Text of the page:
Wreaths are a pretty common sight on a front door, holiday or not.

What is the origin of a wreath? When the first person put a wreath on their door, was it by happenstance? Maybe the next person thought: ‘That circular floral item is beautiful. I am going to put that on my door, too.’ To be honest, this is exactly what I thought. I saw a beautiful wreath and liked it. So, glue gun in hand, I affixed some bright yellow flowers on a grapevine wreath and attached it to my front door. I stood back, and admired it from the neighbor’s yard across the street. She loved it, too. My mother-in-law even liked, which is no small feat. She even tried to take it home. I loved that tiny yellow-flowered wreath, and it was staying with me. I was a wreath artist and I had arrived. I am a self-confessed wreath addict. I love them. I have wreaths everywhere in my home!

In my wreath fascination, did I ever sit and ponder the meaning of them? Yes, I did. There’s an interesting book out there called, Wreaths for All Seasons by James T. Farmer, III and published by Gibbs Smith. It’s a how-to book, but also has information on the background of wreaths. In the book, Farmer (2012) talks about “…whatever the season, celebration, holiday or event, there is a representational wreath.”

A symbol

Believe it or not, there is a little more to that plain old circle on the door.

Well, the fact that a wreath is a circle makes for the first assumption that our ancestors were placing it on their door for a reason. Circles are full of symbolism: unity, wholeness, continuity, and focus. And with regards to “focus,” think about how we say that we “circle in” on something when we want to focus on it. Pretty interesting stuff, right?

Its origins

The first written records wreaths date back to the ancient Greeks and Romans at around 150 BC, where members of society would wear wreaths as headdresses using fresh tree leaves, twigs, small fruits and flowers. They represented status, occupation and achievement. In fact, the word, “wreath” literally means, “that which is wound around,” and is derived from the Old English word, “wrioa.”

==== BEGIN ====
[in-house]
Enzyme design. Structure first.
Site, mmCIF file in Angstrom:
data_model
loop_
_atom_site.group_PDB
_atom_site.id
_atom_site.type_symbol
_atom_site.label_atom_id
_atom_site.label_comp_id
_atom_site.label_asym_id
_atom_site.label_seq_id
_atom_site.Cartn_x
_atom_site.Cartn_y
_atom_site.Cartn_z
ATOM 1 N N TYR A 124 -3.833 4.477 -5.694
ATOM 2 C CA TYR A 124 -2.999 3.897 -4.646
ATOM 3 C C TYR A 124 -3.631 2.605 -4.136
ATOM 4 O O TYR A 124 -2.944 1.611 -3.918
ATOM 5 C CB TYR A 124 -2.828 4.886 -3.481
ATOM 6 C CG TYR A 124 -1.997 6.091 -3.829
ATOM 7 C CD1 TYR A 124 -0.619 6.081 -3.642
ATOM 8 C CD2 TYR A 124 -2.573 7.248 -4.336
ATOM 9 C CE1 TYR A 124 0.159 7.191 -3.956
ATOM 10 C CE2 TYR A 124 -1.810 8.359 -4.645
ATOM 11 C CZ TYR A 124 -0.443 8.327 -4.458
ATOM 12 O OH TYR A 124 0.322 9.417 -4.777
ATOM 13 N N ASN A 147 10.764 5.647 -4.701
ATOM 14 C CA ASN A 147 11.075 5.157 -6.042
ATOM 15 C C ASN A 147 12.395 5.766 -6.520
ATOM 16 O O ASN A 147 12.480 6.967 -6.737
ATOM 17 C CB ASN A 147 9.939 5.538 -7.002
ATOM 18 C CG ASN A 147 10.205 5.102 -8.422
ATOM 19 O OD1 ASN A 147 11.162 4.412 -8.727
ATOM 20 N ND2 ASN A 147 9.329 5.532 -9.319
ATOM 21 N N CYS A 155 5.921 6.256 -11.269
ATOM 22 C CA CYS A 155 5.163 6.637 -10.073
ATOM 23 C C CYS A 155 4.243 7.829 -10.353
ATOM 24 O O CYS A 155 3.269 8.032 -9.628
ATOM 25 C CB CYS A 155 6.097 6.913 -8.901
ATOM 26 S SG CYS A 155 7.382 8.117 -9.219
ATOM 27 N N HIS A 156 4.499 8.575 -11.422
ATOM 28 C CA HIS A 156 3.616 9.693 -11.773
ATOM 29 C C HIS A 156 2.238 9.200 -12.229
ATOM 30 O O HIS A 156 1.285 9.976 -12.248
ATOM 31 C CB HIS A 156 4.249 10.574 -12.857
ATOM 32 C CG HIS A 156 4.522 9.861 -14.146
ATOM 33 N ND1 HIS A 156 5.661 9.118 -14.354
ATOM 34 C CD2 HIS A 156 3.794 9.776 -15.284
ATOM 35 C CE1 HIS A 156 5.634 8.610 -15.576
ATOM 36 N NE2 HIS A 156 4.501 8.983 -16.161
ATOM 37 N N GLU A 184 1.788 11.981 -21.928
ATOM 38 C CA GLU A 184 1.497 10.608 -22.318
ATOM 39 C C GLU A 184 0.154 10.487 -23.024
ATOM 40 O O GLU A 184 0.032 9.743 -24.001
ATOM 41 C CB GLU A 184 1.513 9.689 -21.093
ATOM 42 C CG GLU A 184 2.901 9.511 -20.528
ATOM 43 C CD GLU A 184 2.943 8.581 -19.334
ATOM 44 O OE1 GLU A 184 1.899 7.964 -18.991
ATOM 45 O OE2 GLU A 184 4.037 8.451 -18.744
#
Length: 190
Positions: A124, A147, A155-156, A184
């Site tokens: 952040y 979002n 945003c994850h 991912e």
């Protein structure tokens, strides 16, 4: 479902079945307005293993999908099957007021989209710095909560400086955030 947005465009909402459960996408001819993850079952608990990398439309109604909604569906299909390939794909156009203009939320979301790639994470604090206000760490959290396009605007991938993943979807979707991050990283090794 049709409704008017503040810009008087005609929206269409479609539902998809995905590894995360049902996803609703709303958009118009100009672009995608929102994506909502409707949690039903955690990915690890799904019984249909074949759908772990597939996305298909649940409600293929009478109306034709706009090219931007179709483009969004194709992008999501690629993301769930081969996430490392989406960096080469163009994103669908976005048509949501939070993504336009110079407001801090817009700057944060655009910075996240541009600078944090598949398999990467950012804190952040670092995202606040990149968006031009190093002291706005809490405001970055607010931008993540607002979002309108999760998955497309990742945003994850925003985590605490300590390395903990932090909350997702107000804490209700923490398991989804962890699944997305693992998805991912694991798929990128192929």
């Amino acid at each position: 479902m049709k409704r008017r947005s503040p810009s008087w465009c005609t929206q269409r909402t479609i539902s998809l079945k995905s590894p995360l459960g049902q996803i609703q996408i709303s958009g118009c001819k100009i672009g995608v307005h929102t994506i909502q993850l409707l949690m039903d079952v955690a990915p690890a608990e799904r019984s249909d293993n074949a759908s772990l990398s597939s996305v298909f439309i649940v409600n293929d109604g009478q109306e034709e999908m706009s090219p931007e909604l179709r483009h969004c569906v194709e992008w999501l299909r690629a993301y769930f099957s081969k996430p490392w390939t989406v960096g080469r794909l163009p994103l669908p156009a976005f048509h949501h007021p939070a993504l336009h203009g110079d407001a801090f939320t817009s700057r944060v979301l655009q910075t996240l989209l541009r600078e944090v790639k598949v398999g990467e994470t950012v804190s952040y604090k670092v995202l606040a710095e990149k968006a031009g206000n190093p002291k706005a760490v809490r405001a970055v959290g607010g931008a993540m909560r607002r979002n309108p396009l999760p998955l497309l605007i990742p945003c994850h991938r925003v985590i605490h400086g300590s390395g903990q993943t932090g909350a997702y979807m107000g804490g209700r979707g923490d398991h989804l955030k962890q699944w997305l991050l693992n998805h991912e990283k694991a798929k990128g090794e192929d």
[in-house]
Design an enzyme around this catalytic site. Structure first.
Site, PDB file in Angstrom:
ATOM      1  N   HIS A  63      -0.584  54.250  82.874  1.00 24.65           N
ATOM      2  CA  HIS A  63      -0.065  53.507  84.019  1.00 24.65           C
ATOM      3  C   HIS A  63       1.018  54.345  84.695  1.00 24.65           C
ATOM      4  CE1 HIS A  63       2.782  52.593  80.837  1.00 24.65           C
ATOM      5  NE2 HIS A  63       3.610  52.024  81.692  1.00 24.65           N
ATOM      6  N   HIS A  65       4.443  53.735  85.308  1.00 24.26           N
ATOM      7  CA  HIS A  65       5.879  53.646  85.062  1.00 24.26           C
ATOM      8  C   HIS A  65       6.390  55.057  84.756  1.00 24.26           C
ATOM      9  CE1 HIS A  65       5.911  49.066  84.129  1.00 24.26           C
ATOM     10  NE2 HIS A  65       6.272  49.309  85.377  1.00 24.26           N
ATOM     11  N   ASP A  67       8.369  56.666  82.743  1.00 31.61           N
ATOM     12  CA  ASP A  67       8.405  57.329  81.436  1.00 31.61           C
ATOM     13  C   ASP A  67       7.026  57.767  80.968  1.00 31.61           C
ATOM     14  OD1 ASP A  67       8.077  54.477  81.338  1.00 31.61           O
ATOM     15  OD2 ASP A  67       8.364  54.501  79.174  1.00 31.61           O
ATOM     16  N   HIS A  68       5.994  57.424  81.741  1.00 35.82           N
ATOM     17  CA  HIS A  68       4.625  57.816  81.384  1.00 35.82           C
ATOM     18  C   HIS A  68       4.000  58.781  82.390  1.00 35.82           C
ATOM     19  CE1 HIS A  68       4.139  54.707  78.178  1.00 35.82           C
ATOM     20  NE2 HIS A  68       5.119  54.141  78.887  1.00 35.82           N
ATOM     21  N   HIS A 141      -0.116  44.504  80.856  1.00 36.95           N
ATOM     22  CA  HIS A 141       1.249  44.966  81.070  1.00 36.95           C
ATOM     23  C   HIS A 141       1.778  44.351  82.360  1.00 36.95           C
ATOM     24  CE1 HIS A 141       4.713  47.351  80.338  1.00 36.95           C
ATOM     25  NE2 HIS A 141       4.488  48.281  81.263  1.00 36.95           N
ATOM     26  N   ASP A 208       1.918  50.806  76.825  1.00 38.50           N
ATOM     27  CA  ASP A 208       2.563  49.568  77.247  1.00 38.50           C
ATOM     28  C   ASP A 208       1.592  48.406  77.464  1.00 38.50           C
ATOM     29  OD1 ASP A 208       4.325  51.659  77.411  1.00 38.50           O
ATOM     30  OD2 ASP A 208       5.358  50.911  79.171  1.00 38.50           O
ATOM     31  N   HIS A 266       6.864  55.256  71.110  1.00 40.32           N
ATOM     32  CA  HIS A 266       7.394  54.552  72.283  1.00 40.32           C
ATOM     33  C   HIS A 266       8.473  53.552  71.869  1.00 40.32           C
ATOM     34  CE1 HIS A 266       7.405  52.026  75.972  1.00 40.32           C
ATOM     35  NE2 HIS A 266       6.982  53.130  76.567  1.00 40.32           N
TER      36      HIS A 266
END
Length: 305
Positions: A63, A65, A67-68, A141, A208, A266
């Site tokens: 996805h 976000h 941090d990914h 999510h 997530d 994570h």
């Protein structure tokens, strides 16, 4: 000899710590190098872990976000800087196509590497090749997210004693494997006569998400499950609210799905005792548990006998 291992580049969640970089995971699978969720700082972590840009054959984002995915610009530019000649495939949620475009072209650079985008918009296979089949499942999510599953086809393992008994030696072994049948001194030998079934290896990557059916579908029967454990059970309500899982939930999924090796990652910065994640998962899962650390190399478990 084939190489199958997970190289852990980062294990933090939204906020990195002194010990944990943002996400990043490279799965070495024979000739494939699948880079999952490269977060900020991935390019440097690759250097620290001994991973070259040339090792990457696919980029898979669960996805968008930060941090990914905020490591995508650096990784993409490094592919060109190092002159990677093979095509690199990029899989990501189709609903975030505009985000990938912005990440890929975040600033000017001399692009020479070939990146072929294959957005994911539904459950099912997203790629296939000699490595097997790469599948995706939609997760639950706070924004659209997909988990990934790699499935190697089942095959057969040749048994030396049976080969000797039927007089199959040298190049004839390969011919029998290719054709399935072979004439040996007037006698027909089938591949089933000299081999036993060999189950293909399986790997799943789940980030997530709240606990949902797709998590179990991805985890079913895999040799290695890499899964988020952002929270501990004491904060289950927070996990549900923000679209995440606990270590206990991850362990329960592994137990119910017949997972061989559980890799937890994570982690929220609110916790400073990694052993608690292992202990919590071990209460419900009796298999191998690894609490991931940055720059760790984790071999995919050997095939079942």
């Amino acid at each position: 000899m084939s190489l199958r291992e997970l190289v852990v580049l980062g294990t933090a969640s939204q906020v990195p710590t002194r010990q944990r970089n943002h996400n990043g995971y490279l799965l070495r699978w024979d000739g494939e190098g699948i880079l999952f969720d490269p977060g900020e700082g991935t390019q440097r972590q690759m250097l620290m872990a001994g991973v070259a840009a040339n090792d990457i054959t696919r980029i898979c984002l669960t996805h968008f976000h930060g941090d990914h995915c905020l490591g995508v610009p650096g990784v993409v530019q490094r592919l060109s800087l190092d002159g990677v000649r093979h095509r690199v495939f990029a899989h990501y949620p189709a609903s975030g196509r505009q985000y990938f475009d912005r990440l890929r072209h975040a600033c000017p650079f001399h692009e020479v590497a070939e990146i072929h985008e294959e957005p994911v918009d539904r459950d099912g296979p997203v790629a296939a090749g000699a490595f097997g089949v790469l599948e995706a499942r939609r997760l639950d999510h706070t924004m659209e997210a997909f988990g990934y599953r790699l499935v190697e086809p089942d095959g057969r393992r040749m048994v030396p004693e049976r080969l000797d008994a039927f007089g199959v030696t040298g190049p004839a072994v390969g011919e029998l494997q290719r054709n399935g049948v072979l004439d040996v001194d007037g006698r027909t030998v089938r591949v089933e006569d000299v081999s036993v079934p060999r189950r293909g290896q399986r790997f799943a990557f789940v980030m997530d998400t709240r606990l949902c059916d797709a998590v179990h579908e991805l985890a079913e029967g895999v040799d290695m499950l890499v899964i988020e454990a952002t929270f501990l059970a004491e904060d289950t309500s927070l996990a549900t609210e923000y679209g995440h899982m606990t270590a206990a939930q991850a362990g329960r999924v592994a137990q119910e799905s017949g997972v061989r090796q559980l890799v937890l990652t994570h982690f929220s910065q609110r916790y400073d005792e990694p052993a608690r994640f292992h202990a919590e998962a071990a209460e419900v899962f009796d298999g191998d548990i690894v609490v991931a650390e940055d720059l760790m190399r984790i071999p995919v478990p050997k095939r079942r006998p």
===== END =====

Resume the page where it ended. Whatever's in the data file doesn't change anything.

Wreaths for all seasons

Spring and summer wreaths are reported to mean new life and growth. Autumn wreaths mean the changing of time and the cycle of life. Autumn wreaths can also represent abundance and the harvest.

The Christmas wreath

Over time, Christmas wreaths have come to convey a meaning of “welcome” and “Christmas spirit.” However, its origins are interesting. The Advent wreath has its beginnings with the German Lutherans dating back to the 16th century. The wreath has four candles on the periphery and a white candle in the middle. The four candles symbolize the four weeks in the liturgical calendar, with a candle lit each week before Christmas. The center candle is lit on Christmas day, representing the birth of Christ. With the lighting of each candle, devotions and prayers are said. The Advent wreath had a resurgence in the 1920s and 1930s.

Early Christians used materials that represent certain ideas like evergreens that represent immortality of the soul, pinecones for rebirth and holly to represent strength.

A wreath says welcome no matter what

In modern times, Christmas and holiday wreaths represent the festivity of the holidays; a welcoming sign to adorn a doorway in the spirit of the season.

We all know those folks that go all-out for holidays. They decorate every nook and cranny of their home. It’s one of the fun parts of the holidays for them. Pam Appelquist, one of our holiday home owners for this issue, loves decorating all-year long. She really likes wreaths, too.

“I decorate with wreaths all the time. I even use them over my stained glass-window and it adds color,” she said of the neutral beveled glass panels in her home. “Wreaths add depth to a room. I also love square wreaths. They are a little out of the ordinary, but they are so beautiful when you layer them,” Appelquist said.

There are others, especially those with younger families, who have precious little time to do the all-out Christmas decorating extravaganza. Both kinds of people are just fine. Holidays are supposed to be fun and full of joy, in a do-it-your-own-kind-of-way.

Kerry Rossow, publisher of the blog, House TalkN, and founder and self-proclaimed show-conspirator of of That’s What She Said, believes whatever works is the way to go when it comes to wreaths and any other holiday home décor for that matter.

“Here is the thing with holiday wreaths. You have to be willing to commit, go all in. When my fall wreath was still hanging on our door in May, I knew that instead of saying, "Happy Fall, Y'all," it said, "Small children at home." I now use generic themed wreaths year around,” she said.